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By Nathan Snook
ORLANDO, Fla. — Utilizing a Synthetic Training Environment as the Army’s future training capability was the theme for the Modernizing Army Training Mission and Operation panel at the annual Interservice/Industry Training, Simulation and Education Conference in Orlando, Florida Nov. 29-Dec. 2.
A panel of five U.S. Army generals discussed the future of the STE during the I/ITSEC 2021 during one of the Signature Events forums.
Maj. Gen. David Francis, commander, Army Aviation Center of Excellence, Fort Rucker, Alabama, noted that Army Aviation has used and will continue to use simulations as an integral part of the training paradigm.
Francis discussed how leveraging emerging technologies will enable Army Aviation the same fidelity of simulation at a much lower cost.
“At the end of the day, what we have to be able to do is deliver home station training to the point-of-need to replicate the challenging environment of the complex environment that we will be facing in the future,” Francis said. He continued, saying simulations need to use the same Modular Open Systems Architecture approach to replace stovepipe systems that cannot talk to each other.
“That is not the way we train in the U.S. Army,” Francis said. “We provide combined arms capability to the joint force and we have to be able to train that way. Not just live but in simulation.”
Brig. Gen. Jeth Rey, Director of the Network Cross Functional Team (CFT) in U.S. Army Futures Command, agreed with Francis; network is about open architecture.
“We are looking to move from a network-centric to a data-centric environment to support the STE (Synthetic Training Environment),” said Rey. “We will have to have cloud capability, AI (artificial intelligence) and machine learning. Fundamental to that is standardization.”
Rey said as data move across that agnostic transport, a multilayered security architecture is going to be required.
Brig Gen. Larry Burris, currently serving as the director of the Soldier Lethality CFT and as the commandant of the U.S. Army Infantry School at Fort Benning, Georgia, noted that his role as Chief of Infantry informs most of his cross-functional role.
“While we modernize the Soldier and his or her equipment, we must modernize our training with Soldiers involved every step of the way, said Burris. We must apply the concept of Soldier centered design to training and the Synthetic Training Environment will make that more possible, more effective and more efficient.”
Burris said modernizing the close combat force to ensure overmatch against any adversary is essential before asking participants in industry for rapid concurrence between tactical and training systems.
“We need to have common standards, interfaces, and host hardware and equipment, Burris said. “As we develop and field new capabilities to our Soldiers, we must strive to protect embedded training capability that can be used at home or to rehearse with while deployed.”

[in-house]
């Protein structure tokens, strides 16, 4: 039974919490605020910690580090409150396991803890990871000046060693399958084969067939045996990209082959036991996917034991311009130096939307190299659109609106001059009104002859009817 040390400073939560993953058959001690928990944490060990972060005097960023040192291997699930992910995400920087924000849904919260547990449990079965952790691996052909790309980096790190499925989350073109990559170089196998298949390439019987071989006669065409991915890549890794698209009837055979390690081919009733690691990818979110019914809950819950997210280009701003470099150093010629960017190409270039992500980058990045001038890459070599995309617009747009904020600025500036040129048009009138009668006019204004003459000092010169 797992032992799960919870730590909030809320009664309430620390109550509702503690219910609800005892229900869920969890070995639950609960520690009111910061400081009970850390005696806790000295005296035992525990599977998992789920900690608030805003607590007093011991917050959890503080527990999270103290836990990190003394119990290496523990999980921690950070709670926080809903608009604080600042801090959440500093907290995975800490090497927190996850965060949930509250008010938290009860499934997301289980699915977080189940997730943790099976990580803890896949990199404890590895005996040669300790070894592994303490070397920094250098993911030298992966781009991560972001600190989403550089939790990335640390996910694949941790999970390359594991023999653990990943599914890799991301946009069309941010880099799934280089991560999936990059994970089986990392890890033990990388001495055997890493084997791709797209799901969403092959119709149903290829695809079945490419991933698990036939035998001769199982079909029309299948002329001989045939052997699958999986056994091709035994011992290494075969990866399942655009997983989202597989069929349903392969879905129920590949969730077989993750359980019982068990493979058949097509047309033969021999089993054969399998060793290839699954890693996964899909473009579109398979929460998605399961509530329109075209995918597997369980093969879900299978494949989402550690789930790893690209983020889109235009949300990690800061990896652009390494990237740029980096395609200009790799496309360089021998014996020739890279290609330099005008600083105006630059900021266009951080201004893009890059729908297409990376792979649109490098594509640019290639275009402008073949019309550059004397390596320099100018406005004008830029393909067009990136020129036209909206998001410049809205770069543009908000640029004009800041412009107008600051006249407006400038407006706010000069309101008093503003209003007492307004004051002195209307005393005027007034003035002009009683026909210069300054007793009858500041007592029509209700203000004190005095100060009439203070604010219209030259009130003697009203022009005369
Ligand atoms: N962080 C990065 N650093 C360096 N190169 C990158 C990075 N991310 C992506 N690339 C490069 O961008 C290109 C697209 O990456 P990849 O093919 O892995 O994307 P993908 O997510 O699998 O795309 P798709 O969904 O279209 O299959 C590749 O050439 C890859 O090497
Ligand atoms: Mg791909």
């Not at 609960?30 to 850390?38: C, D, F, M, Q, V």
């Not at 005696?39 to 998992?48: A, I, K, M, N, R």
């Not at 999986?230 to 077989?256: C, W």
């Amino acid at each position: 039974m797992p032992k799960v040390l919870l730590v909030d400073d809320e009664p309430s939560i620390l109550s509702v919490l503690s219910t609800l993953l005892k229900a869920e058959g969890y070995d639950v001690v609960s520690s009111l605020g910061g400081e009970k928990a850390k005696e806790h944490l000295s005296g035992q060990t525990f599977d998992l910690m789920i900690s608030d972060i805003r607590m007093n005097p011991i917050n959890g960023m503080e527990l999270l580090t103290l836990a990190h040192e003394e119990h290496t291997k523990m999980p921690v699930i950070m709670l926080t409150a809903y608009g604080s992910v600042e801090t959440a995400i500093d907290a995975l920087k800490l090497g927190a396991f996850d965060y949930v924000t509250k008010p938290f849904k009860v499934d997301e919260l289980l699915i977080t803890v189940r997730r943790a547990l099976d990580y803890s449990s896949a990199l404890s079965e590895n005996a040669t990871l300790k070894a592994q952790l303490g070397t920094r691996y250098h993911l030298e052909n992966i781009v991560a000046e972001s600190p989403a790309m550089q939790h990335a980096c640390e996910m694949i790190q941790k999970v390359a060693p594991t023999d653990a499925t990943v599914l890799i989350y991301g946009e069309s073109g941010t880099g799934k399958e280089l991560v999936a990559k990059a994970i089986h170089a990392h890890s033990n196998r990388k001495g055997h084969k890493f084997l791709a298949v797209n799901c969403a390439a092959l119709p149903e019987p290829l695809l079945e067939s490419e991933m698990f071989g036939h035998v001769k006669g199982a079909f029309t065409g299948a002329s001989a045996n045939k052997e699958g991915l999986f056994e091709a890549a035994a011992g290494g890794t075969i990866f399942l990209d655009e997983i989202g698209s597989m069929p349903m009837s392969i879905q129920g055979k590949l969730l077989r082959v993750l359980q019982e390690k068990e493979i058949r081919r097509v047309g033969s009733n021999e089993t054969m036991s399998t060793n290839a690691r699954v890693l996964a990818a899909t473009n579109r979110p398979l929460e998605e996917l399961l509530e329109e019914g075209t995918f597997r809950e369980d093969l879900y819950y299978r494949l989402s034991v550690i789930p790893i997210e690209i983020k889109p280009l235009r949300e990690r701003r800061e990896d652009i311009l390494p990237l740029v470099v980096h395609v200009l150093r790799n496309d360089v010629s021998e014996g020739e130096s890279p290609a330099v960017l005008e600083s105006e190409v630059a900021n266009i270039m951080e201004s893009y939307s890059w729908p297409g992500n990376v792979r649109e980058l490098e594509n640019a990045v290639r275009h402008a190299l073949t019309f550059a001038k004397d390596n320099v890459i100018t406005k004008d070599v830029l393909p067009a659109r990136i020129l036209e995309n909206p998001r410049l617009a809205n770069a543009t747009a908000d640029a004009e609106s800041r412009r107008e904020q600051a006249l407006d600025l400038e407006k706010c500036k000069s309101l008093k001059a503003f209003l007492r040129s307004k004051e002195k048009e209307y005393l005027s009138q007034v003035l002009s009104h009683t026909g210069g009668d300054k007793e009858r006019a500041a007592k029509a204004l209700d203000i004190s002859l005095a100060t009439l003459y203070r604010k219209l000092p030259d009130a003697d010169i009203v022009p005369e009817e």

Brig. Gen. Charles Lombardo, deputy commanding general of the Army’s Combined Arms Center-Training (CAC-T), said the job of CAC-T is to develop leaders and drive change in the Army and simulations have to be distributed, persistent and interoperable.
“We have got to make every round fired count, whether it is live, virtual or constructive, train as many echelons as possible,” said Lombardo. “What the STE will provide us and what you can help deliver is a natural persistent environment where we can do that every month.”
Brig. Gen. William Glaser, director of the STE CFT, said that the aim of the Synthetic Training Environment is to empower leaders to prepare for war as the Army is under a persistent state of modernization, while the STE is trying to modernize our Soldiers through synthetic training.
“The one asymmetrical advantage that the United States Army has always enjoyed and must continue to retain is our trained Soldiers and prepared leaders,” Glaser said. “What we don’t have is an ample amount of time to do this.”
Glaser said Soldier and leaders want easy to use solutions so leaders spend less time planning and more time for sets and reps.
“In order to do this we need to have this open architecture. It needs to be flexible. We need to allow leaders to go in, tinker and create training support packages so that we can train against specific objectives laid out by Army standards,” Glaser said. “It needs to easy to use, it needs to be intuitive as well as user friendly and it needs to be affordable.”
*Feature photo by Nathan Snook
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